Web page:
Getting a jackpot on Twilight Zone makes me feel like the coolest person in the room. Getting multiball in Diner makes me want to dance. Getting a jackpot in Mary Shelly's Frankenstein makes me want to cradle the balls for a minute so I can hum along with the music. Getting multiball in Space Station makes my heart start pounding because of how intense and exciting the sound and music is. Starting a hurry up in Medieval Madness makes me feel that I *really* need to hurry up. Getting a jackpot in Rollergames makes me laugh my butt off, and getting a jackpot in Red and Ted's Roadshow makes me want to sing along, and I *hate* country music! I really wish some of the new games today could give me some of those feelings.

I could go on, but I think it's safe to say I've rambled long enough. Maybe I'm the only pinhead who cares this much about music, but I would love to see people here discuss it more. Every time a new game is revealed, everyone speculates and discusses the rules, the playfield design, the art and animations, but barely anyone ever brings up sound and music, despite that being just as, if not more, important than some of those other things.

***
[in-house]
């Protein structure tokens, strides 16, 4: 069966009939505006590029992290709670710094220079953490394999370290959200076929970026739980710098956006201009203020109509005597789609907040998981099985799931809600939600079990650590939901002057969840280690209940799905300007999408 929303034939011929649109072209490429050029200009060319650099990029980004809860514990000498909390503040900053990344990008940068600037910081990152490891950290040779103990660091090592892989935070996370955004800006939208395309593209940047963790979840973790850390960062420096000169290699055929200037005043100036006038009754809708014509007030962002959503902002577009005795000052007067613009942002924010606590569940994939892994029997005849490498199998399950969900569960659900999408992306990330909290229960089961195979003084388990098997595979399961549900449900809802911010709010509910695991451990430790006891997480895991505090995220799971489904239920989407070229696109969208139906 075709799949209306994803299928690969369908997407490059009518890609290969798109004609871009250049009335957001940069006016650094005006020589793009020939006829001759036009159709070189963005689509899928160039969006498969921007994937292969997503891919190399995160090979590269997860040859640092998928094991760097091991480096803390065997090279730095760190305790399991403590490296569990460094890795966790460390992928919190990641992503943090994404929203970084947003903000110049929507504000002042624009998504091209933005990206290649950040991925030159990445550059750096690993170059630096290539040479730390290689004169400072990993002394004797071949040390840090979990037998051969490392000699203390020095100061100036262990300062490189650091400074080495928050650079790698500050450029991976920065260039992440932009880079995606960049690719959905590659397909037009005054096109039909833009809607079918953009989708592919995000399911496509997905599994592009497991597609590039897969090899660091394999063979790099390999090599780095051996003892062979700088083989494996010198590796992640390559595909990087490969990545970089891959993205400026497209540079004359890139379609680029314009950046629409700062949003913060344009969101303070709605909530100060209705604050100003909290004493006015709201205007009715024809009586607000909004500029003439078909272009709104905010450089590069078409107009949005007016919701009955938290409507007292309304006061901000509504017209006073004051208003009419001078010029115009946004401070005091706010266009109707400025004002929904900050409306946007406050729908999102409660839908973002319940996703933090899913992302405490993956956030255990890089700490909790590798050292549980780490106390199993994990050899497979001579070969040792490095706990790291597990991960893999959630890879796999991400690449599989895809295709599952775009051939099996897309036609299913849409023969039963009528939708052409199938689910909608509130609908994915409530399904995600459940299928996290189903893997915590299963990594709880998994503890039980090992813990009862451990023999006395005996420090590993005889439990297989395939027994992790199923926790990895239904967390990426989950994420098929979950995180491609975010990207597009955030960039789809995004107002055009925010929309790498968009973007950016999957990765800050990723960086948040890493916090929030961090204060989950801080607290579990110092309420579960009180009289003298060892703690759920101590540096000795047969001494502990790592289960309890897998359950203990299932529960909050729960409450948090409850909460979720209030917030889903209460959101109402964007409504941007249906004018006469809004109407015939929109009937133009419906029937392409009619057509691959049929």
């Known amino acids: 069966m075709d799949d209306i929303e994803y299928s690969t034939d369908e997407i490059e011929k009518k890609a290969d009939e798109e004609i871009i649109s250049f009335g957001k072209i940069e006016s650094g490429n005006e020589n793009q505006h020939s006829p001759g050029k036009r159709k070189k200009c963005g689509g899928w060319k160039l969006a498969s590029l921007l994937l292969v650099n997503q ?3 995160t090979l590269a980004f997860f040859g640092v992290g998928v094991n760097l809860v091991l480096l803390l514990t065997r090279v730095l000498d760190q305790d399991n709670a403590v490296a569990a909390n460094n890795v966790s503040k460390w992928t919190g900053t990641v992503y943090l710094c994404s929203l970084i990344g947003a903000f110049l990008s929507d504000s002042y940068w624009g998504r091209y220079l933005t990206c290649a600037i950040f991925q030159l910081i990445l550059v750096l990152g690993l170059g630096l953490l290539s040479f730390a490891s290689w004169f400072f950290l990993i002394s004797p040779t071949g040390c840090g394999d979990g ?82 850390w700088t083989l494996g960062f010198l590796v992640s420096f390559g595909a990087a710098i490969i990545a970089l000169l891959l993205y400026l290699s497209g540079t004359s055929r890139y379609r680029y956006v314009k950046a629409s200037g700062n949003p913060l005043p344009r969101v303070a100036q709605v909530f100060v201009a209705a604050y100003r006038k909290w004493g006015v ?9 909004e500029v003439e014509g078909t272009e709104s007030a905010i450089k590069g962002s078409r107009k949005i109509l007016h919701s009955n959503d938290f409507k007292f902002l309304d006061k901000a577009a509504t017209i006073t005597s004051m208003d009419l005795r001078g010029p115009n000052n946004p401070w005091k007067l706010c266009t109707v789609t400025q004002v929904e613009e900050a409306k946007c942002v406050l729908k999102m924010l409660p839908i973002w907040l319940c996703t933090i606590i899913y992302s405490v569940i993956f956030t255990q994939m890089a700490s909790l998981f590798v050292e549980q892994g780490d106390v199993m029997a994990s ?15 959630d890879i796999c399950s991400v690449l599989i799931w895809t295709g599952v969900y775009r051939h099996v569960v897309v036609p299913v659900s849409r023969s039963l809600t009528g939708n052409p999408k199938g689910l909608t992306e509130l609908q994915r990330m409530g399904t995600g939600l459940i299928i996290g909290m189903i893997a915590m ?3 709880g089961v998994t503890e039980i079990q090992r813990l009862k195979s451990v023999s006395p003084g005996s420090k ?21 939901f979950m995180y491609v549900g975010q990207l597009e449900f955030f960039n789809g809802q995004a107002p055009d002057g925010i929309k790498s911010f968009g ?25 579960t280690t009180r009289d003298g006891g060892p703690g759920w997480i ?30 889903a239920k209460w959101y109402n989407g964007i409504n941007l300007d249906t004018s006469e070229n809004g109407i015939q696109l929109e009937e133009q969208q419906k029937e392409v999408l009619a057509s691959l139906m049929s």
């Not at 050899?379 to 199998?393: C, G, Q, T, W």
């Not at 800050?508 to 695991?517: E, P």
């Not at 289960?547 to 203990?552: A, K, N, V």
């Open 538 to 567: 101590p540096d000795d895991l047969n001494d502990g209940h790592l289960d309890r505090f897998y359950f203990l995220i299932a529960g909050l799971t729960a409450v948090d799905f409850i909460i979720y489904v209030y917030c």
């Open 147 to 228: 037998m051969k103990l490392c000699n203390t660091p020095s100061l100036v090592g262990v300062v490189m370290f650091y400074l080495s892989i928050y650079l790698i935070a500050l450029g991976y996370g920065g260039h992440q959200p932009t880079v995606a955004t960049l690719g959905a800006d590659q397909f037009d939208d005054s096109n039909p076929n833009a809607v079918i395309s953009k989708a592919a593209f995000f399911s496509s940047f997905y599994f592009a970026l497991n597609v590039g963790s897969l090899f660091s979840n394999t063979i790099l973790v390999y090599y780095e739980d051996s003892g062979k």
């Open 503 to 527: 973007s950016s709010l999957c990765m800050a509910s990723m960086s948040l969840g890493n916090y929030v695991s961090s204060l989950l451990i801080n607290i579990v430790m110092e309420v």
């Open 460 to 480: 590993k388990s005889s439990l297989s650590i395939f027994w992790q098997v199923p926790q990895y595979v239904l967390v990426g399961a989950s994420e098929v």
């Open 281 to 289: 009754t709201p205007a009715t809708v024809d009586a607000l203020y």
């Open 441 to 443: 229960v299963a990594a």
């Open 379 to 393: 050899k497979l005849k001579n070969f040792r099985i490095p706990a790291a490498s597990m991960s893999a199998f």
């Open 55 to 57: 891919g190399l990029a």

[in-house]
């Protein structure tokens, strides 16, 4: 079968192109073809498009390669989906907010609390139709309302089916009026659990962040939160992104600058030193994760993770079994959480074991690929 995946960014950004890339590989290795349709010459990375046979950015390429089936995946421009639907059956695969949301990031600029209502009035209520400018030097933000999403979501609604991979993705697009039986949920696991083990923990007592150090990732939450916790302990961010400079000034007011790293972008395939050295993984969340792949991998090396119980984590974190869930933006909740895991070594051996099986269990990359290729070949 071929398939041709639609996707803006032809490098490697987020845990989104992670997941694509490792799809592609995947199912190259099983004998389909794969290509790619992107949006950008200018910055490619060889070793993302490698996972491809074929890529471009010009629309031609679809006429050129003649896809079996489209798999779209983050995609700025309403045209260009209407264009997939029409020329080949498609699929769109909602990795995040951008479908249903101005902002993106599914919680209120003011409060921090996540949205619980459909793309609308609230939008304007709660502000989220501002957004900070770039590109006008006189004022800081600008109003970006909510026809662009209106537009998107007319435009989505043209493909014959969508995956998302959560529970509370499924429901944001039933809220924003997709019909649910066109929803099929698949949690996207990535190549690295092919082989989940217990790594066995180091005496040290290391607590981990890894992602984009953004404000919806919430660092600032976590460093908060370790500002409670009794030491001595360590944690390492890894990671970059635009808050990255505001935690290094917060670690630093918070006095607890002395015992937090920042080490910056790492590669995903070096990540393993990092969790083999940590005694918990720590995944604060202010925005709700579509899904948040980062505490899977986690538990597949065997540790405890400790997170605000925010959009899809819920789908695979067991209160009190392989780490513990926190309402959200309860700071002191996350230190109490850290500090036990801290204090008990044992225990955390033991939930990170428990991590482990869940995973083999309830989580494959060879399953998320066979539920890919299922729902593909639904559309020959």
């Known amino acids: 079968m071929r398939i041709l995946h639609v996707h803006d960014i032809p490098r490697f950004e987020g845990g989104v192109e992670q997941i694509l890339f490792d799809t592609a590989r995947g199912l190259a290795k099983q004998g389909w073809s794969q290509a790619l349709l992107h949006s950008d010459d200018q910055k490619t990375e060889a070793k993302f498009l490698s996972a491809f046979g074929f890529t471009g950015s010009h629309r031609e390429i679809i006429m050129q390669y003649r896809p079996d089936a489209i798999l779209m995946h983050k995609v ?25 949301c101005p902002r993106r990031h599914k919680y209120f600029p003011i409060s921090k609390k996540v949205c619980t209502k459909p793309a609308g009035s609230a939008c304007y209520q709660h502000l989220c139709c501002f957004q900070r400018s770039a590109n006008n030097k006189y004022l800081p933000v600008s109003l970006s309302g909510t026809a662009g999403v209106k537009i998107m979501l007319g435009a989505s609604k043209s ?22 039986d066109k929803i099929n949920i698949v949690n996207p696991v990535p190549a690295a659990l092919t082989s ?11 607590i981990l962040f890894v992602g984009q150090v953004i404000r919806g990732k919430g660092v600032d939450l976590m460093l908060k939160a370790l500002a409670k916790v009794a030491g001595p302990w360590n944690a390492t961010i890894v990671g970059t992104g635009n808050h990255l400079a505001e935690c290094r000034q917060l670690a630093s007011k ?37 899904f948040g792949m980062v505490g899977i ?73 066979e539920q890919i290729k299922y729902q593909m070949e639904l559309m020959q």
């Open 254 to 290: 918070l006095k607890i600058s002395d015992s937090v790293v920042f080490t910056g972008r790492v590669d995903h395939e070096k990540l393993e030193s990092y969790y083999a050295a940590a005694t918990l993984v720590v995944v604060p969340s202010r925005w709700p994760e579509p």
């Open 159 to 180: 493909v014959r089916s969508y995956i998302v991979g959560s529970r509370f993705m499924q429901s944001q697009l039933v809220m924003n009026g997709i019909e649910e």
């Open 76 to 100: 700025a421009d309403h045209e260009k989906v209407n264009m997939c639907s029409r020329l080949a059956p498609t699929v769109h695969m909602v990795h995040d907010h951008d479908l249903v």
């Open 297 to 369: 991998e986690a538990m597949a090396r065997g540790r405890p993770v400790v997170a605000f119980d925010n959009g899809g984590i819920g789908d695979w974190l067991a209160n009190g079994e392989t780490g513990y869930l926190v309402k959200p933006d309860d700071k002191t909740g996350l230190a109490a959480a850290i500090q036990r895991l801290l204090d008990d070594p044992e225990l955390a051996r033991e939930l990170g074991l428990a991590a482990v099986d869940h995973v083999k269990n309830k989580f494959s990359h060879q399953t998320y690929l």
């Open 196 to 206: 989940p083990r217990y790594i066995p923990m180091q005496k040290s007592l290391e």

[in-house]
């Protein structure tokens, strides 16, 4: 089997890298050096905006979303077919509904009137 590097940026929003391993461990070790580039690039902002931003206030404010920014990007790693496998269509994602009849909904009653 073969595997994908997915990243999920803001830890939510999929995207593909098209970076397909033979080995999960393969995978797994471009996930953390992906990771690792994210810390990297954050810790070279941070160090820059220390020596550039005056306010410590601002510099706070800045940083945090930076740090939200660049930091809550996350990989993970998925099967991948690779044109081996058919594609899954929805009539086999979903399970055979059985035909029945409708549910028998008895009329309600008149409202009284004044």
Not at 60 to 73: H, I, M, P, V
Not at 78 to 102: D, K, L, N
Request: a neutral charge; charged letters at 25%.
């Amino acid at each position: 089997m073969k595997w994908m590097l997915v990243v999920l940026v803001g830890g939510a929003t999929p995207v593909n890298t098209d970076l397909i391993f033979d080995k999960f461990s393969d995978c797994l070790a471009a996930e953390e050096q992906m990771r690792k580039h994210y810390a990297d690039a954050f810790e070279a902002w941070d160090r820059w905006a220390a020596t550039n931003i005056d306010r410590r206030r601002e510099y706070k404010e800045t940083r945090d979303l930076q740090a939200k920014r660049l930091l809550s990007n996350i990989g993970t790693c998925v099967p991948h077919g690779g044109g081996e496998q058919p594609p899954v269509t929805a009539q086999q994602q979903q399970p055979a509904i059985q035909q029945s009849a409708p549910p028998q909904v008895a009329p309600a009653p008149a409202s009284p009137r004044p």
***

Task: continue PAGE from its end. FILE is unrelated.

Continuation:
TLDR: I feel like pinball music and sound design in general has gone downhill in the past decade or so. A lot of modern games seem to have soundtracks that don't make any sense for pinball (The Hobbit, Star Wars) and as a result the music becomes background noise more than anything. Pinball music should, generally speaking, be upbeat and driven by melody to fit the non-stop action of the game. A good example of this is Lord of the Rings which, while somewhat held back by the limited technology it uses, still makes for a fantastic pinball experience. I also feel like there's a general lack of excitement in many modern games, with very little build-up for things like multiballs and very little celebration for things like jackpots (ACDC, Dialed In!). When are we going to get new iconic moments like the Addams Family multiball start or Rudy screaming when you get a jackpot? Finally, modern pins have very little, if any, music and sound integration. Games like Metallica should have stuff synced to the rhythm of the music, because you know, it's a game celebrating music! Even something as simple as having the inserts flash in time to the music would go a long way towards making it feel more like part of the game. Check out this article by Brian Schmidt about Black Knight 2000's audio to see why audio integration is so important: https://www.gamasutra.com/blogs/BrianSchmidt/20141104/229404/Interactive_Audio_in_Black_Knight_2000_The_Importance_of_Integration.php

Anyone else have any thoughts on this? Do you feel satisfied with the sound packages in today's games, or would you like to see them improved as well?